Troy Ruiz views his B-Mobile gobbler decoy like some folks view their American Express card.
“I never leave home without it,” he quips. “I don’t kid myself into thinking it works every time, but when it does — and it does more often than not — there’s no more exciting way to decoy a gobbler. I swear sometimes I could stand up and yell at the turkey in front of it. When a gobbler comes to B-Mobile, he’s committed.”
The B-Mobile, in case you don’t own one or have missed the action on the latest Primos videos, is a gobbler decoy that can be adapted to imitate a tom in full strut. The concept is a departure from CTHW (Conventional Turkey Hunting Wisdom), which holds that, if you want to decoy a longbeard, you take one of two approaches:
1. Appeal to his passion and stake out a hen.
2. Yank his dominance chain by showing him a jake.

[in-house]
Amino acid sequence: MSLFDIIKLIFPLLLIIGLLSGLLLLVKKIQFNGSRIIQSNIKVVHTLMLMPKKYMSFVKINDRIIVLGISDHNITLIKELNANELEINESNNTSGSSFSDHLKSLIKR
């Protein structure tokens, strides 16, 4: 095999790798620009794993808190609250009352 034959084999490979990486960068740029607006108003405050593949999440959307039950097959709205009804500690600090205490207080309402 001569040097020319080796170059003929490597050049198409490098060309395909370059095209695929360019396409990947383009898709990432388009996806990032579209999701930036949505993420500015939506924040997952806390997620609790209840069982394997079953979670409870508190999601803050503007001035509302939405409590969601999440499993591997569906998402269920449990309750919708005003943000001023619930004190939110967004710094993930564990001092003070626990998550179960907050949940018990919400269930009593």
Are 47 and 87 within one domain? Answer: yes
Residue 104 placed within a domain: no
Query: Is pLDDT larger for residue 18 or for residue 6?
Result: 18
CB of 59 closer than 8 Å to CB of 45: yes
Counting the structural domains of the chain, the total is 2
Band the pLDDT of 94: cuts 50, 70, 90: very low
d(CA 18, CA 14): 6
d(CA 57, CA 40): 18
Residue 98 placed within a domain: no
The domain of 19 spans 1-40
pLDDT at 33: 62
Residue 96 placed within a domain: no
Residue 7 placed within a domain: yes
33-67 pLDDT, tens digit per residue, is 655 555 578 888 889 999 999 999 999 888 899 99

But Ruiz and the folks at Primos have learned that in many instances, a big, black, blown-up gobbler is deadly medicine on even difficult turkeys.
“We’ve been experimenting with the concept for years.” Ruiz notes. “And it’s solid. I can’t count the number of birds that literally ran to B-Mobile last spring alone.”
Ruiz and the Primos team are not alone. Carry Lite has its own version of a gobbler deke, the “Pretty Boy,” and this spring Flambeau will debut its “King Strut” deke. Makers of easy-to-transport, collapsible, silhouette decoys have also added full-strut gobbler models to their lineups.
Though our sport is steeped in tradition, the very untraditional gobbler decoy may be this spring’s hottest ticket. To provide more insight into this phenomenon, and for advice on the how, when, where and why of decoying gobblers with one of their own, I interviewed Primos’ Ruiz and Flambeau product designer Tad Brown.